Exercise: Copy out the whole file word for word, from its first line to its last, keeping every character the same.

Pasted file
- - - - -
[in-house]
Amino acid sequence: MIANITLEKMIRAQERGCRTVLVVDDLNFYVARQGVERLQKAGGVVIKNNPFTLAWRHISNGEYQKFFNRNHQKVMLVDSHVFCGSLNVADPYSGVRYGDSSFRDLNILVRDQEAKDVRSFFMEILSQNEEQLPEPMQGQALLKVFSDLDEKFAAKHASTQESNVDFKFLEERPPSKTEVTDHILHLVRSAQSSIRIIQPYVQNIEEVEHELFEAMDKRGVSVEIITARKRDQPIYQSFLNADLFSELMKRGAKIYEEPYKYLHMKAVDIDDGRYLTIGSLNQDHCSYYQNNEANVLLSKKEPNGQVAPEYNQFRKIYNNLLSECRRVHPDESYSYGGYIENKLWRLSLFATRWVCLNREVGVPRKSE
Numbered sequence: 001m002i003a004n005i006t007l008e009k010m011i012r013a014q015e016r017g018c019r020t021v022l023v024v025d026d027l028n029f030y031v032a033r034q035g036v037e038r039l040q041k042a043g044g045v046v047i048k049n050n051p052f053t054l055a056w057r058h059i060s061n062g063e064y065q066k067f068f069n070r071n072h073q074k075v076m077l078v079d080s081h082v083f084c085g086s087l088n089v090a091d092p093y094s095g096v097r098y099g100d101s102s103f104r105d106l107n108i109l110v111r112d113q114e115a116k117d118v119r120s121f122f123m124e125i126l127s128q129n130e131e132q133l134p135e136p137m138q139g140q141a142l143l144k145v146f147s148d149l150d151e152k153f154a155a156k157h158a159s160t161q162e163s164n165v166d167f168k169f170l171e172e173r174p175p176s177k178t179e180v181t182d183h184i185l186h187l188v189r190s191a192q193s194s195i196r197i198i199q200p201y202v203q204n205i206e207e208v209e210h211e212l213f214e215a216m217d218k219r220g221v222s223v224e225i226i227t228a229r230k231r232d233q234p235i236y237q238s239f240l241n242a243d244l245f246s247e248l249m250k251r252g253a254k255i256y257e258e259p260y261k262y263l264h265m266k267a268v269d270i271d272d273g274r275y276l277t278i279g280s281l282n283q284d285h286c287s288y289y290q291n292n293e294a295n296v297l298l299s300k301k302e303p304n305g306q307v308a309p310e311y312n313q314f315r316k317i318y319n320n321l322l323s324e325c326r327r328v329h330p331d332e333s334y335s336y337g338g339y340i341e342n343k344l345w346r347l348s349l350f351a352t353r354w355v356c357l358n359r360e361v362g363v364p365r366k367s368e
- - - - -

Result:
[in-house]
Amino acid sequence: MIANITLEKMIRAQERGCRTVLVVDDLNFYVARQGVERLQKAGGVVIKNNPFTLAWRHISNGEYQKFFNRNHQKVMLVDSHVFCGSLNVADPYSGVRYGDSSFRDLNILVRDQEAKDVRSFFMEILSQNEEQLPEPMQGQALLKVFSDLDEKFAAKHASTQESNVDFKFLEERPPSKTEVTDHILHLVRSAQSSIRIIQPYVQNIEEVEHELFEAMDKRGVSVEIITARKRDQPIYQSFLNADLFSELMKRGAKIYEEPYKYLHMKAVDIDDGRYLTIGSLNQDHCSYYQNNEANVLLSKKEPNGQVAPEYNQFRKIYNNLLSECRRVHPDESYSYGGYIENKLWRLSLFATRWVCLNREVGVPRKSE
Numbered sequence: 001m002i003a004n005i006t007l008e009k010m011i012r013a014q015e016r017g018c019r020t021v022l023v024v025d026d027l028n029f030y031v032a033r034q035g036v037e038r039l040q041k042a043g044g045v046v047i048k049n050n051p052f053t054l055a056w057r058h059i060s061n062g063e064y065q066k067f068f069n070r071n072h073q074k075v076m077l078v079d080s081h082v083f084c085g086s087l088n089v090a091d092p093y094s095g096v097r098y099g100d101s102s103f104r105d106l107n108i109l110v111r112d113q114e115a116k117d118v119r120s121f122f123m124e125i126l127s128q129n130e131e132q133l134p135e136p137m138q139g140q141a142l143l144k145v146f147s148d149l150d151e152k153f154a155a156k157h158a159s160t161q162e163s164n165v166d167f168k169f170l171e172e173r174p175p176s177k178t179e180v181t182d183h184i185l186h187l188v189r190s191a192q193s194s195i196r197i198i199q200p201y202v203q204n205i206e207e208v209e210h211e212l213f214e215a216m217d218k219r220g221v222s223v224e225i226i227t228a229r230k231r232d233q234p235i236y237q238s239f240l241n242a243d244l245f246s247e248l249m250k251r252g253a254k255i256y257e258e259p260y261k262y263l264h265m266k267a268v269d270i271d272d273g274r275y276l277t278i279g280s281l282n283q284d285h286c287s288y289y290q291n292n293e294a295n296v297l298l299s300k301k302e303p304n305g306q307v308a309p310e311y312n313q314f315r316k317i318y319n320n321l322l323s324e325c326r327r328v329h330p331d332e333s334y335s336y337g338g339y340i341e342n343k344l345w346r347l348s349l350f351a352t353r354w355v356c357l358n359r360e361v362g363v364p365r366k367s368e